Vuckovich, drawn from the White Sox, spent a season with Toronto, leaving a 3.47 ERA in 1977. In 1982 he would win the LA Cy Young for the Brewers.

Blue Jays record in 1977: 54-107 (first made the postseason in 1985)

1992 – Colorado Rockies

First pick: Braves RHP David Nied

The Braves selected Nied in the 14th round in 1987 and he rose rapidly through the ranks to make his major league debut in 1992, before being taken over by Colorado. It opened the first game in franchise history on April 5, 1993.

Best selection: The SS / 3B Vinny Castilla de los Bravos

Another of the Rockies’ picks from the Braves ended up being one of the best in Expansion Draft history. In a matter of two years, the Mexican became the team’s starting third baseman. He was one of the “Blake Street Bombers”, along with Larry Walker, Dante Bichette, the Venezuelan Andrés Galarraga and Ellis Burke. Between 1995-1999, the Oaxaca native hit .302 / .348 / .545 (OPS + of 110) with 191 home runs for Colorado.

Other notable picks: 3B Charlie Hayes, 2B Eric Young, RHP Armando Reynoso

The Rockies selected Hayes in third place from the Yankees and led the NL in doubles (45) in 1993. Young established himself in the record books by hitting a home run in the first inning at home in club history. Mexico’s Reynoso finished with a 4.65 ERA in four years with Colorado.

Rockies record in 1993: 67-95 (first postseason: 1995)

1992 – Florida Marlins

First pick: Blue Jays’ OF Nigel Wilson

Florida took him for second place in the Expansion Draft and made his big-team debut in September 1993, going 1-for-16 with 11 strikeouts. Ultimately, the Marlins put him on the waiver list in 1995.

Best pick: Reds RHP Trevor Hoffman

His stint in Florida was so short – 28 games with the Marlins in 1993 – that you probably don’t remember that he was the eighth pick in that draft. The club traded him to San Diego in June 1993 in a trade that brought Gary Sheffield to Florida. The mountaineer ended up being the second best closer in history, with 601 saves, surpassed only by the Panamanian Mariano Rivera. It was in San Diego that he began to chart his path to the Hall of Fame.

Other notable picks: CF Chuck Carr, LD Bryan, 1B / LF Jeff Conine and OF Carl Everett

Carr was a great midfield defender and fast leadoff hitter during his three years with Florida. In 1993, he led the Nacional with 58 stolen bases.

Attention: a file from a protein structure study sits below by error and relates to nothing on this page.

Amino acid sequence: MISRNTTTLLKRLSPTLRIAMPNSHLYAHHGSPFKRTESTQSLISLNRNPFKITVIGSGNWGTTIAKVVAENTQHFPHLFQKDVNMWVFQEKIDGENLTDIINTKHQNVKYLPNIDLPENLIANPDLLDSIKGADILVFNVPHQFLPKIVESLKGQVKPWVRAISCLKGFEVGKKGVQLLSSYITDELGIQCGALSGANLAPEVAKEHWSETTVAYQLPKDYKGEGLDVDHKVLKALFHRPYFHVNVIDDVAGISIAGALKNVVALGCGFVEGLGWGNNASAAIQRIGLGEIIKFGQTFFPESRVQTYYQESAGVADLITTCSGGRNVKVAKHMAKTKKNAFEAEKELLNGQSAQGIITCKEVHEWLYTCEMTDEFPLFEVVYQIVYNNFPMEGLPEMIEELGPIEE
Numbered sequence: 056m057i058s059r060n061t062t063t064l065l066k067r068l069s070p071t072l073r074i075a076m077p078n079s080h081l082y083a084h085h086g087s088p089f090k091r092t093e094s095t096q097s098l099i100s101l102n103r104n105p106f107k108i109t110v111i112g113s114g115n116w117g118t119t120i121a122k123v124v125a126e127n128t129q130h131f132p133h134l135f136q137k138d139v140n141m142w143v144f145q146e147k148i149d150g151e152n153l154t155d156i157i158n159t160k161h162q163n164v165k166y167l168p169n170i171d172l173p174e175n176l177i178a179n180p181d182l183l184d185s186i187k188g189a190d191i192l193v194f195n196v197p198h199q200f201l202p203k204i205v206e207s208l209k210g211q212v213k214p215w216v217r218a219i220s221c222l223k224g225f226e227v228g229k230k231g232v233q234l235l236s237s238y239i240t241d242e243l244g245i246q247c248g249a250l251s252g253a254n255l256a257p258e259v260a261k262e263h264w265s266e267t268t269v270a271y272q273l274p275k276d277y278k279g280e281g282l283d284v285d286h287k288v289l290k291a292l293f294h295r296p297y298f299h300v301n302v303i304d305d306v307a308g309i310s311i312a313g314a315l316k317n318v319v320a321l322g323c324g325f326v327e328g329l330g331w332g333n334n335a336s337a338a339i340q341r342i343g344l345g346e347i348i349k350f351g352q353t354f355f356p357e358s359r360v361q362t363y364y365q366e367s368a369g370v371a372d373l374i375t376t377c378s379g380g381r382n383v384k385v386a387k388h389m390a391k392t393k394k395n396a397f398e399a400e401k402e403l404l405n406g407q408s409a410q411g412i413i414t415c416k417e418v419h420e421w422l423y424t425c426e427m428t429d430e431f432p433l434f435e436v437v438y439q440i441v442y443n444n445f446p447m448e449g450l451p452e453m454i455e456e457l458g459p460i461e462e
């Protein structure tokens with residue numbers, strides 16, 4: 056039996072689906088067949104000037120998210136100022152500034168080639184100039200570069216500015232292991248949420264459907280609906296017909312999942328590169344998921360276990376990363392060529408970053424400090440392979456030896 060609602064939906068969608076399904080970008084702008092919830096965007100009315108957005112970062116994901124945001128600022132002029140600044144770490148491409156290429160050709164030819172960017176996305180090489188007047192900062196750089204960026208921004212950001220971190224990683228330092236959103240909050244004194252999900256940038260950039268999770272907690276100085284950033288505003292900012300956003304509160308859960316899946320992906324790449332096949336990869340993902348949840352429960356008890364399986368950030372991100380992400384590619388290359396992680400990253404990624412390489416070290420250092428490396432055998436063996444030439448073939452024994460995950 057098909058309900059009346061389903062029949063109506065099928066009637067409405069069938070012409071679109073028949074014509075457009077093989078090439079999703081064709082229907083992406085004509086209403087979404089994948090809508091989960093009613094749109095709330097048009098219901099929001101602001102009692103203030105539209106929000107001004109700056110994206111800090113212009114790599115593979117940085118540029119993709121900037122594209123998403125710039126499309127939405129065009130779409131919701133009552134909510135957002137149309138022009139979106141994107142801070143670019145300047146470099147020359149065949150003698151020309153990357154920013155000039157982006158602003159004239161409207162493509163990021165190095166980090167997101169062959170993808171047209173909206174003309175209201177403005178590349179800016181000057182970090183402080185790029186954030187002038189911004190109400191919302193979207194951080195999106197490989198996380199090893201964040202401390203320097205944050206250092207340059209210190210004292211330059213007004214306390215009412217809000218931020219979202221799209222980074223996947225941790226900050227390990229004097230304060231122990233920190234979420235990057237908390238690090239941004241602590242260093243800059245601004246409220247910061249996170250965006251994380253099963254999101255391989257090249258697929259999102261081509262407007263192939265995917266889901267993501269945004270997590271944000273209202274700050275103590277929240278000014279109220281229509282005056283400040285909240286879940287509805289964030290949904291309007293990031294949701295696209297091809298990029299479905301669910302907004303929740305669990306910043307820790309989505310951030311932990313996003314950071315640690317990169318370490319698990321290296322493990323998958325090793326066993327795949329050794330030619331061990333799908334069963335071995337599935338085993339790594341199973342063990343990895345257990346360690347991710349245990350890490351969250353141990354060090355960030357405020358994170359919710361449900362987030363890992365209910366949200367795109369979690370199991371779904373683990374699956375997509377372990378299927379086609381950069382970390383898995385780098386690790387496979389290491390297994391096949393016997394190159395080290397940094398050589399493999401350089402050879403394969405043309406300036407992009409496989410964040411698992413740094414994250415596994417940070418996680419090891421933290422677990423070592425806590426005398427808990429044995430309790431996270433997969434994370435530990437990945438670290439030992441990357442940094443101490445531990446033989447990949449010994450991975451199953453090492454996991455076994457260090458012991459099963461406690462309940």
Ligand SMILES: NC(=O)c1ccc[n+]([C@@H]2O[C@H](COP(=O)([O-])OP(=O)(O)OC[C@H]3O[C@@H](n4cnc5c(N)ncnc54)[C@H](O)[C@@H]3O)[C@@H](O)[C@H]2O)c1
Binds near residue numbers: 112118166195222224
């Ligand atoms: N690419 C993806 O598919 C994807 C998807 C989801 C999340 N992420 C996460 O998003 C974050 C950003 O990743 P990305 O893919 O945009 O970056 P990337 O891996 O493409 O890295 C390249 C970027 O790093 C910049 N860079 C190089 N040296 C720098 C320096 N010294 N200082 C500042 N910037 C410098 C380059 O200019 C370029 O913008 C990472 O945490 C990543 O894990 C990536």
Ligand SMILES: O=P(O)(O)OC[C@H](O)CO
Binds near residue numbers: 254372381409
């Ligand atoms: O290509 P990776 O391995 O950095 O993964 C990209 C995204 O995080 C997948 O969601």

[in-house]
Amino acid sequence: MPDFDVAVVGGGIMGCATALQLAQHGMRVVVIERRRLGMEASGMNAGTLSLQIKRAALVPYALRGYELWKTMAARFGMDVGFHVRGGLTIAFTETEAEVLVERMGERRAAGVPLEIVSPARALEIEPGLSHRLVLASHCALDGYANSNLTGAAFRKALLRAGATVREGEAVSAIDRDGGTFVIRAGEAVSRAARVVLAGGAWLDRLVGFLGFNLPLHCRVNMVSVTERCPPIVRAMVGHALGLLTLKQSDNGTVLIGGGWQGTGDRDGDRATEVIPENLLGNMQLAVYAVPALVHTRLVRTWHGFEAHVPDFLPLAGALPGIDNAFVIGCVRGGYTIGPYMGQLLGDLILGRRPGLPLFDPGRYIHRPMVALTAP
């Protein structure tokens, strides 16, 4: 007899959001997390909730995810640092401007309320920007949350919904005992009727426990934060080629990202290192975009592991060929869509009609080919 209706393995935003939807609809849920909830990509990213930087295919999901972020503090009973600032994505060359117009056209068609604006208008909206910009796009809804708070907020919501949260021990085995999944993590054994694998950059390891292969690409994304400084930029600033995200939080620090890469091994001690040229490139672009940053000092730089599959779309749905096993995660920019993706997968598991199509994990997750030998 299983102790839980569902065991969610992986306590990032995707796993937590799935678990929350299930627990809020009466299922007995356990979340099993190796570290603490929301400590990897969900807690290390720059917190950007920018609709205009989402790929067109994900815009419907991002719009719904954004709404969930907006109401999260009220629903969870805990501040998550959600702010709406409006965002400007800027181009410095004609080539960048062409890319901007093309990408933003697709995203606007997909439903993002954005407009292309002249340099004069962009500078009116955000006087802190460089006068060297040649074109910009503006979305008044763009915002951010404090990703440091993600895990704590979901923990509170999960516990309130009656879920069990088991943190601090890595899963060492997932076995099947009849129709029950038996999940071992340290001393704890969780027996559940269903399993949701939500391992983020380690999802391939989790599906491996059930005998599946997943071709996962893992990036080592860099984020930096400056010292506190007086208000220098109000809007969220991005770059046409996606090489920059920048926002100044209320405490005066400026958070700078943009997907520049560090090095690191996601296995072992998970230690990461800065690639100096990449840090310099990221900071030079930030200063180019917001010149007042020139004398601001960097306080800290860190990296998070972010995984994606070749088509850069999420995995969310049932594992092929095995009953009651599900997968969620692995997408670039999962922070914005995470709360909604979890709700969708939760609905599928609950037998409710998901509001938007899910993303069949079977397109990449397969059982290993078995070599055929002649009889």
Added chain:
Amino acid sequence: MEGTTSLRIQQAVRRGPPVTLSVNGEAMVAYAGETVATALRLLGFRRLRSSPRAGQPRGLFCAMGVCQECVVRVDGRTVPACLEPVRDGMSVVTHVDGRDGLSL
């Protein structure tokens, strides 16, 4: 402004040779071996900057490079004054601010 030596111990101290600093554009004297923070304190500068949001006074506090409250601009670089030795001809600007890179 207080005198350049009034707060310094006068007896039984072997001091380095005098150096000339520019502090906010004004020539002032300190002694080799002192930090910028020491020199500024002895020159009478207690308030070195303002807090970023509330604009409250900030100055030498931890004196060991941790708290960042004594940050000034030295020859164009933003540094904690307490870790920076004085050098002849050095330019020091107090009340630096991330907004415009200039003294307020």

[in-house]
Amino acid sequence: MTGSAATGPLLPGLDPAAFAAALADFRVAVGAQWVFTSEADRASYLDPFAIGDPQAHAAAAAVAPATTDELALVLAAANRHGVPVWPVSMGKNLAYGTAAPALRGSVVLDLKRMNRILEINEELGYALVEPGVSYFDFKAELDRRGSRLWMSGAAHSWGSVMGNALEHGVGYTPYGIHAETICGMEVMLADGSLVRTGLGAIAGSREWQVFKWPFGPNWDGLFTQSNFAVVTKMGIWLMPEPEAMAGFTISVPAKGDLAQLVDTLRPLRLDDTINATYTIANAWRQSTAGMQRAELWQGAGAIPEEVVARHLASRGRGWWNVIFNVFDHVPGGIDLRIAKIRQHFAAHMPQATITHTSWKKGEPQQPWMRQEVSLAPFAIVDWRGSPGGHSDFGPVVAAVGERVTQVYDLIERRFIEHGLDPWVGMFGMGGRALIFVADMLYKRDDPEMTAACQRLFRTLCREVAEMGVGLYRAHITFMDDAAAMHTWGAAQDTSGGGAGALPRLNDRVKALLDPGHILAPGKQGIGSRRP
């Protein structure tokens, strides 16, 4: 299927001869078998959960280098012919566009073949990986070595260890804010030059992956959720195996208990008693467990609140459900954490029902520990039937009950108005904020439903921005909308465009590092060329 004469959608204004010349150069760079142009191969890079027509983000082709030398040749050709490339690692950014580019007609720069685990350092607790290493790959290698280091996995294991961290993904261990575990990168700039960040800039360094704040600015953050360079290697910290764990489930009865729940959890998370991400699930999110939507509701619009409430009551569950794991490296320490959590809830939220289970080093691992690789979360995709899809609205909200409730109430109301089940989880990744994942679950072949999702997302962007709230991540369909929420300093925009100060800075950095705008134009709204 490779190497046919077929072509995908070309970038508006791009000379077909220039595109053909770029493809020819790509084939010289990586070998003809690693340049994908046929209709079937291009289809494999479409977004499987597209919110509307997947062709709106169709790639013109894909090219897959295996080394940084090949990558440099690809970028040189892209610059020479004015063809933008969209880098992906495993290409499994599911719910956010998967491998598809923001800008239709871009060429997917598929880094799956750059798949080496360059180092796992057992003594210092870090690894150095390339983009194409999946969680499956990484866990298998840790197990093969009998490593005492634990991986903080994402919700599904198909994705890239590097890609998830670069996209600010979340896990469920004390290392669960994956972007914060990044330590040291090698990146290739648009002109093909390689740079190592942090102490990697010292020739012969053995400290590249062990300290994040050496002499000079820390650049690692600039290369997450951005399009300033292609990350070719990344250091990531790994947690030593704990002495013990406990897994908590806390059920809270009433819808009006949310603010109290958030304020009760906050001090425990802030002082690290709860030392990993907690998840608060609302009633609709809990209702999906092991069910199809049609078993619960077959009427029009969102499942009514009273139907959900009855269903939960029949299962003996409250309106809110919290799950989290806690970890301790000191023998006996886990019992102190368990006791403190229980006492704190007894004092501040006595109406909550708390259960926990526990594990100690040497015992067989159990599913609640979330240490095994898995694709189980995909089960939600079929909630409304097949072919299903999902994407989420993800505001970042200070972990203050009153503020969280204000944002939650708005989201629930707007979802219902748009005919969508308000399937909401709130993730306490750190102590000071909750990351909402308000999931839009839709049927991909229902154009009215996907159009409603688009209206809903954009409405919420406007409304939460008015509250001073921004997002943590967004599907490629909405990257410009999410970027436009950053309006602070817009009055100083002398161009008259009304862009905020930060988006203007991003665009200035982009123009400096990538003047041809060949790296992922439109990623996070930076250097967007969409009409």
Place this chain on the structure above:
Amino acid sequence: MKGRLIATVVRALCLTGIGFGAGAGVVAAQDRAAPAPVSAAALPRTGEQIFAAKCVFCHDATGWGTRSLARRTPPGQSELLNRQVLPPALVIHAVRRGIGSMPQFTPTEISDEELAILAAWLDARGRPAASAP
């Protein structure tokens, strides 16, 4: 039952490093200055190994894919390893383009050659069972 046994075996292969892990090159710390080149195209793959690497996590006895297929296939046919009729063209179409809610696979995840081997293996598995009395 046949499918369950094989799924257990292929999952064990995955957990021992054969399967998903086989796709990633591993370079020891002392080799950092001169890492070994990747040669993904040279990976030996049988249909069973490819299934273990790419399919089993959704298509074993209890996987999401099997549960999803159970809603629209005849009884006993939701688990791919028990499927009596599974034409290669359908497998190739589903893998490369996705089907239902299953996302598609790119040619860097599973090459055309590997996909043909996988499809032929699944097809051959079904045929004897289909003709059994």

Harvey saved 45 games with a 1.70 ERA in 1993, but injuries derailed his career.

Conine spent eight seasons of his 17-year career with the organization, spanning two internships. The two-time All-Star game helped the club win two World Series titles.

Everett played just 27 games for Florida before being traded to the Mets.

Marlins record in 1993: 64-98 (first postseason: 1997)

1997 – Tampa Bay Devil Rays

First pick: Marlins LZ Tony Saunders

Saunders made his debut with the Marlins in 1997 and helped them win the World Series, before being selected by Tampa Bay. He pitched two years with Tampa Bay, in which he started 40 games and posted a 4.53 ERA. He suffered a terrible injury on May 26, 1999, fracturing his left arm. The following year he fractured the same arm again in the minors, thus ending his professional career.

Best pick: OF Bob Abreu of the Astros

The Venezuelan, who is on this year’s Hall of Fame ballot, has been one of the most underrated hitters of all time, hitting .291 / .395 / .475 with 288 career home runs of 18 years. He made his debut with the Astros on September 1, 1996 and was later taken over by the Rays. Tamba Bay traded Abreu to the Phillies that same day, where he spent more than eight seasons.

Other notable picks: 1B Dmitri Young and OF Randy Winn

Tampa Bay selected Young from the Reds and then traded him back to Cincinnati for outfielder Mike Kelly.

Winn spent the first five years of his 13-year career with the Rays. He was a below-average hitter until 2002, when he was called up to the All-Star Game.

Devil Rays record in 1998: 63-99 (first postseason: 2008, like the Rays)

1997 – Arizona Diamondbacks

First Pick: Cleveland’s LZ Brian Anderson

Anderson spent four seasons with Arizona in which he posted a 4.52 ERA (101 ERA +) and helped the club lift the 2001 World Series.

Best pick: Athletics INF Tony Batista

The D-backs traded Batista to the Blue Jays for Dan Plesac in June 1999. After posting a .731 OPS with five homers in 44 games for Arizona that year, Batista spliced ​​25 homers in 98 games with Toronto.

Other notable picks: LZ Omar Daal and C Damian Miller

The Venezuelan immediately became one of the D-backs’ best pitchers, posting a 2.88 ERA in 33 appearances (23 starts) in the club’s inaugural season.

The D-backs selected Miller and he became the starting catcher in 2000 and was called up to the All-Star Game in 2002.

Record of the D-backs in 1998: 65-97 (first postseason: 1999)

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MLB Expansion Drafts since 1968